Dan Buchanan has a greater intimate knowledge of these events and the lives of those touched by the tragedy than anyone. He has known of the Breakaway story for most of his life.
Dan was born on a farm on the north end of Codrington and spent his formative years on the farm and around Codrington.
Both Dan’s parents had roots in the area and as a very young boy his maternal grandfather, Lloyd Ames, sparked his interest in local history. Dan spent most of his adult life away from his roots, but he never really left, returning often to his grandparent’s to chat and compare notes with his grandfather in the familiar comfort of the village home.
Now he is home again, living in Brighton. Dan recalls as a child that driving south into Brighton from Codrington with his family he would sometimes hear bits and pieces of the Breakaway story as they neared the area of Cold Creek. His grandfather’s folksy retelling of the story stirred Dan’s interest and led to the research he did later in life.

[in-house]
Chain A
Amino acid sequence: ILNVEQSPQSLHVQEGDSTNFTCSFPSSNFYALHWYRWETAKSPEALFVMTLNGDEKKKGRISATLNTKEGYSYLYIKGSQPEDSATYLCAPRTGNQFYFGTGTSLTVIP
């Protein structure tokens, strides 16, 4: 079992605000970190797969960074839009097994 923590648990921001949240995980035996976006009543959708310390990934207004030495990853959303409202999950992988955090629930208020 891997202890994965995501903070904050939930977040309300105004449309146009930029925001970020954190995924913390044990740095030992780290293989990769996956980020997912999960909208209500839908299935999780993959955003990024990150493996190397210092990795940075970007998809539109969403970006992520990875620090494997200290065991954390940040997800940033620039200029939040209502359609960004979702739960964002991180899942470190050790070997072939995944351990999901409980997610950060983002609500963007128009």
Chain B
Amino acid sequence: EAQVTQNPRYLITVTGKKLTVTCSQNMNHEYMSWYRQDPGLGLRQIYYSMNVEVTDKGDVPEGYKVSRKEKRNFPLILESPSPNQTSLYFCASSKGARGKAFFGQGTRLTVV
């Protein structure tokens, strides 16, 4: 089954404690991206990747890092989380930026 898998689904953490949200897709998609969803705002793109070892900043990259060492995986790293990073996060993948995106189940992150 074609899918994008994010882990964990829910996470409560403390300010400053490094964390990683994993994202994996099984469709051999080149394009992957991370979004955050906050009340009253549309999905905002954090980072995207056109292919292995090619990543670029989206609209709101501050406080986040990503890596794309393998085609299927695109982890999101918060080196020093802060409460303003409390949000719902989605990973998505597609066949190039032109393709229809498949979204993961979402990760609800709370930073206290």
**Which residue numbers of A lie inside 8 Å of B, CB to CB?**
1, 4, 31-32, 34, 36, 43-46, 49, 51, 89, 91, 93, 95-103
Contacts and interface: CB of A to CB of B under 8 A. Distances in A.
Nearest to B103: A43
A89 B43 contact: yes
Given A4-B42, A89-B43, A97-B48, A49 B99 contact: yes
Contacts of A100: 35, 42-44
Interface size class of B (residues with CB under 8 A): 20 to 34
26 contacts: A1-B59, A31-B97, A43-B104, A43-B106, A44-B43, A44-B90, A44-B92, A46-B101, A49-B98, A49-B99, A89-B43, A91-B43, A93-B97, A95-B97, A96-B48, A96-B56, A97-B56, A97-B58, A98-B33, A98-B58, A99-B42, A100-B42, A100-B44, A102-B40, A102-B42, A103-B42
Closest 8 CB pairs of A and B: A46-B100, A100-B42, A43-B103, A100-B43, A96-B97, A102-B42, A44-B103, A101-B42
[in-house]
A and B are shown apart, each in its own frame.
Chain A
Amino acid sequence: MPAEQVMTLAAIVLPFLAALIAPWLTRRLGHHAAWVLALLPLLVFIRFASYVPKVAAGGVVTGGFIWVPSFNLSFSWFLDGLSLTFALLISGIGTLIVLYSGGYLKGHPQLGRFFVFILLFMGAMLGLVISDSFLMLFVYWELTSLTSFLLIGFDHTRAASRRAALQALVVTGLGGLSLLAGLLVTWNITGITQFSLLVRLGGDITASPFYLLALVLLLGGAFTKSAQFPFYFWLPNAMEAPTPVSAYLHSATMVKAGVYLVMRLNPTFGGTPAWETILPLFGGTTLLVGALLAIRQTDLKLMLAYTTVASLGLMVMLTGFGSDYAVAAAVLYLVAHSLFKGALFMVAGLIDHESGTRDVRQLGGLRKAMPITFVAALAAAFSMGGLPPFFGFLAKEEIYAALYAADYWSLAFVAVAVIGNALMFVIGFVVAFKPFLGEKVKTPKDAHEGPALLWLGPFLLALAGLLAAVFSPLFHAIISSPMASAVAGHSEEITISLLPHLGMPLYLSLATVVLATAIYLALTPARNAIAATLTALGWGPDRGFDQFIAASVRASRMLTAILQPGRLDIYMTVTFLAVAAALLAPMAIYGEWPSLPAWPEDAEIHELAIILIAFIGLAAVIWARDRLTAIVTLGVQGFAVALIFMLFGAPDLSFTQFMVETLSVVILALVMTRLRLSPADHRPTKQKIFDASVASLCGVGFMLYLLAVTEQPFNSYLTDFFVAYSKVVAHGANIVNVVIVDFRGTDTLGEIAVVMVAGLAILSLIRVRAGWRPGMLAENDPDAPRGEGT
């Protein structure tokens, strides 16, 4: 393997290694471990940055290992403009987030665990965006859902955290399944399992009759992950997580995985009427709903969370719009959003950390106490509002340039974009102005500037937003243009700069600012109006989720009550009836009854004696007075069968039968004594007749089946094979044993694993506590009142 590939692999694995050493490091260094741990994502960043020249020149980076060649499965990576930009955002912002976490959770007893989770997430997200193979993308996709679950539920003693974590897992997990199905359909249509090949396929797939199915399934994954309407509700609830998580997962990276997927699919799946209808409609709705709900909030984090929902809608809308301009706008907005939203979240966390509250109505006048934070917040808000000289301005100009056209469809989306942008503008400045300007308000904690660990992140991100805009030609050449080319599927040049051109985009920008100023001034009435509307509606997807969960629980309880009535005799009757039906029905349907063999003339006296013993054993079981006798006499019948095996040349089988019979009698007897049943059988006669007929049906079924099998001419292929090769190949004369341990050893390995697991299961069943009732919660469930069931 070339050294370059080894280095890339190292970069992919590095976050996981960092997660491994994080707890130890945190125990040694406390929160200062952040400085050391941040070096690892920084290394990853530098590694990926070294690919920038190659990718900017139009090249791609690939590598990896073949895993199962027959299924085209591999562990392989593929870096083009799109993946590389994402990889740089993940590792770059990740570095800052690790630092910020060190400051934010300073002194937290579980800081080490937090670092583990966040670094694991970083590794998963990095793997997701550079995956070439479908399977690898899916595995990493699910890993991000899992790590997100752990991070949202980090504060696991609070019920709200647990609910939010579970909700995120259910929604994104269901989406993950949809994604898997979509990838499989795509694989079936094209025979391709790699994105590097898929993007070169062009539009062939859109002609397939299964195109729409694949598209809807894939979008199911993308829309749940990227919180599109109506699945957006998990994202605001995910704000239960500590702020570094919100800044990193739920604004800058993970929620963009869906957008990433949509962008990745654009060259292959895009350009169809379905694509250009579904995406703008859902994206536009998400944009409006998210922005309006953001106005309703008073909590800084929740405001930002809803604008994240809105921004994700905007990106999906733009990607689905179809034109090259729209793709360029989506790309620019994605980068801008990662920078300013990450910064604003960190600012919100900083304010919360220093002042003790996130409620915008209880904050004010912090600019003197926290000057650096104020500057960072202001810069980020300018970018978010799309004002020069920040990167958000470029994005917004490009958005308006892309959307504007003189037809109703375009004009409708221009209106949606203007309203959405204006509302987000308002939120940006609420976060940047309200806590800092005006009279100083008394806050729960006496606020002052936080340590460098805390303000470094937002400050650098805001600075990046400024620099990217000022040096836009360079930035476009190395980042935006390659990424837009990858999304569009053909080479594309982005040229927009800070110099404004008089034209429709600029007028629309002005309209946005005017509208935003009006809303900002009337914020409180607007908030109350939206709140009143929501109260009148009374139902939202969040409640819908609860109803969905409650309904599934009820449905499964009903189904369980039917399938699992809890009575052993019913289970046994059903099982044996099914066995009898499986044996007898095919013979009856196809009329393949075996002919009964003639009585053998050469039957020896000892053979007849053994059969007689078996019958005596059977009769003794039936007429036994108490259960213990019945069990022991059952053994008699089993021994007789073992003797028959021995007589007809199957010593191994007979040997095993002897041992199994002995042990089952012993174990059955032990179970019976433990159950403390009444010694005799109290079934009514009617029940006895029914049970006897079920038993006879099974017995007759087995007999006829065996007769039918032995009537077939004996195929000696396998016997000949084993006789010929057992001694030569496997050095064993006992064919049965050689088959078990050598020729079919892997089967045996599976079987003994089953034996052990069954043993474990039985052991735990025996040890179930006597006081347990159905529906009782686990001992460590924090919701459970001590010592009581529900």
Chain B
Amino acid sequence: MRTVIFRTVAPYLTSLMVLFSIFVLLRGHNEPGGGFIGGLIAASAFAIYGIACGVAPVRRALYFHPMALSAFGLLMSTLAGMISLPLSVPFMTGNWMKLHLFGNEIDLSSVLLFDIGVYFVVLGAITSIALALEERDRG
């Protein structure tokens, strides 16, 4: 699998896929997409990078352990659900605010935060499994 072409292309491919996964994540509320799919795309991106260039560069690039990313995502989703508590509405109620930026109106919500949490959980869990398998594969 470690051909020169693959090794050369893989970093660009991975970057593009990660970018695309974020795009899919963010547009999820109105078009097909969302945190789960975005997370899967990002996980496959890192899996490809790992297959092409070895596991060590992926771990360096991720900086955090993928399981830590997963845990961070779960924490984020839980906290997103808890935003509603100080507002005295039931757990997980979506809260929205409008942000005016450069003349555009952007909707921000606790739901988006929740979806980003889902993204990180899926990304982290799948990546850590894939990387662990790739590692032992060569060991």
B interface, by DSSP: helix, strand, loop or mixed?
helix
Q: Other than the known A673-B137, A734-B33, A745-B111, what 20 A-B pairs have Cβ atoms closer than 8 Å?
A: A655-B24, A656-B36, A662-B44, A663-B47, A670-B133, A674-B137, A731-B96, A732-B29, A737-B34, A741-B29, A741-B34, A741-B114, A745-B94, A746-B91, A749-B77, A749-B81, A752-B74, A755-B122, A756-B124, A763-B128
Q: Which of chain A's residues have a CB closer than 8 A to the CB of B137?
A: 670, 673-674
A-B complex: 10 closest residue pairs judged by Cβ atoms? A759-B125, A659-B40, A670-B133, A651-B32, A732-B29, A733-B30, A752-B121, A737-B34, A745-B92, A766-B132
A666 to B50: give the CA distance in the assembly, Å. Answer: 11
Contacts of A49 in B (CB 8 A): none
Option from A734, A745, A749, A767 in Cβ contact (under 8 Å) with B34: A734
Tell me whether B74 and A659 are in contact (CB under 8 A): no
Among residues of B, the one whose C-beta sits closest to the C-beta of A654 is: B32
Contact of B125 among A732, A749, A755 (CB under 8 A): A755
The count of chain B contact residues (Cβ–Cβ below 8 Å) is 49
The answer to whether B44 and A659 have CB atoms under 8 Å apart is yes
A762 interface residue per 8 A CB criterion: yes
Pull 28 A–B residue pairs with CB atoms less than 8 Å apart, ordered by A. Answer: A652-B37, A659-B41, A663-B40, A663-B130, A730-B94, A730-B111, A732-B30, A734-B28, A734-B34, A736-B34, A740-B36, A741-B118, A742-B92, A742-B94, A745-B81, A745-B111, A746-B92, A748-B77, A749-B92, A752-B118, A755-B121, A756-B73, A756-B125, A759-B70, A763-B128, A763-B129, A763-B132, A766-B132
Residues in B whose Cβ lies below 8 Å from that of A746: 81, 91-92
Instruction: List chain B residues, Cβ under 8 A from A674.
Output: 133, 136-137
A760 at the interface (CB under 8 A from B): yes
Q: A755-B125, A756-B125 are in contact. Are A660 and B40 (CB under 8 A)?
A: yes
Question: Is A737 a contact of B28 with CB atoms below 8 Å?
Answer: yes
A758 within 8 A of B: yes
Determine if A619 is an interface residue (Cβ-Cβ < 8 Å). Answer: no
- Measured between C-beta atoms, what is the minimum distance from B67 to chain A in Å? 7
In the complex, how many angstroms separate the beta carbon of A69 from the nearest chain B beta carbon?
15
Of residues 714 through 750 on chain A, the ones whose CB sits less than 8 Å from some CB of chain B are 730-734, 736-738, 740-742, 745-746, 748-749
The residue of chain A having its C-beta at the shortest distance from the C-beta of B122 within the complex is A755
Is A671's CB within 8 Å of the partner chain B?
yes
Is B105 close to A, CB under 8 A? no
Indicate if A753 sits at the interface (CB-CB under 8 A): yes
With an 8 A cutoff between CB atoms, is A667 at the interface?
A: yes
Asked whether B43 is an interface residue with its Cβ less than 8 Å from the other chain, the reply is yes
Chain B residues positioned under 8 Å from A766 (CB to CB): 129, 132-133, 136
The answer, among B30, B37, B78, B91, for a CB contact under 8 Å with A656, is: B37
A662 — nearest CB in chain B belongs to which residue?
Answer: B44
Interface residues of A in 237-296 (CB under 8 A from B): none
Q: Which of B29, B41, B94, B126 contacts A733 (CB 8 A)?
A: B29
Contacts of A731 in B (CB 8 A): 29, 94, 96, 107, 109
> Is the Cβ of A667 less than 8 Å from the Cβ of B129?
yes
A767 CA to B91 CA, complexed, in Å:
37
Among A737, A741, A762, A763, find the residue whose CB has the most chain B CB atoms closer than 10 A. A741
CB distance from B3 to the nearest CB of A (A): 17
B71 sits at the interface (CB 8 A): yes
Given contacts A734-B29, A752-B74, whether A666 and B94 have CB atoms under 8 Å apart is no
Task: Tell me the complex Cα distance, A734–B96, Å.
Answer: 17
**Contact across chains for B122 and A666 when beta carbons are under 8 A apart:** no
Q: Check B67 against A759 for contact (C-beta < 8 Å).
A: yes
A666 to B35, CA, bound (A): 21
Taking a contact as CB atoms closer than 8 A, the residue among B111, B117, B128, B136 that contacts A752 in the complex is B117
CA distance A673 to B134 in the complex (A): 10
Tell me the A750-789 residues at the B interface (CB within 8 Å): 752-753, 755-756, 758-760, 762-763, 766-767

More recently Dan’s interest in local history has become a serious genealogy pursuit, and using his technology skills, has compiled an important data base of interconnected family trees of people who settled in this area within the last 200 years.
Recently, Dan has become a driving force behind the Brighton Archive initiative. His research of the Breakaway incident has led him to become a bar-coded book in the Brighton Public Library, Living Library section.
On April 21 this year, to commemorate the 160th anniversary of the Breakaway, Dan recounted the story to a standing-room only crowd in the historic Hilton Township Hall, mere kilometres from where the event happened.
Many thanks to Dan for sharing his research. He is currently working on a project to have the Breakaway recognized officially with an historic plaque. To find out more about Dan, his genealogy project and detailed local history stories, visit him online at www.treesbydan.com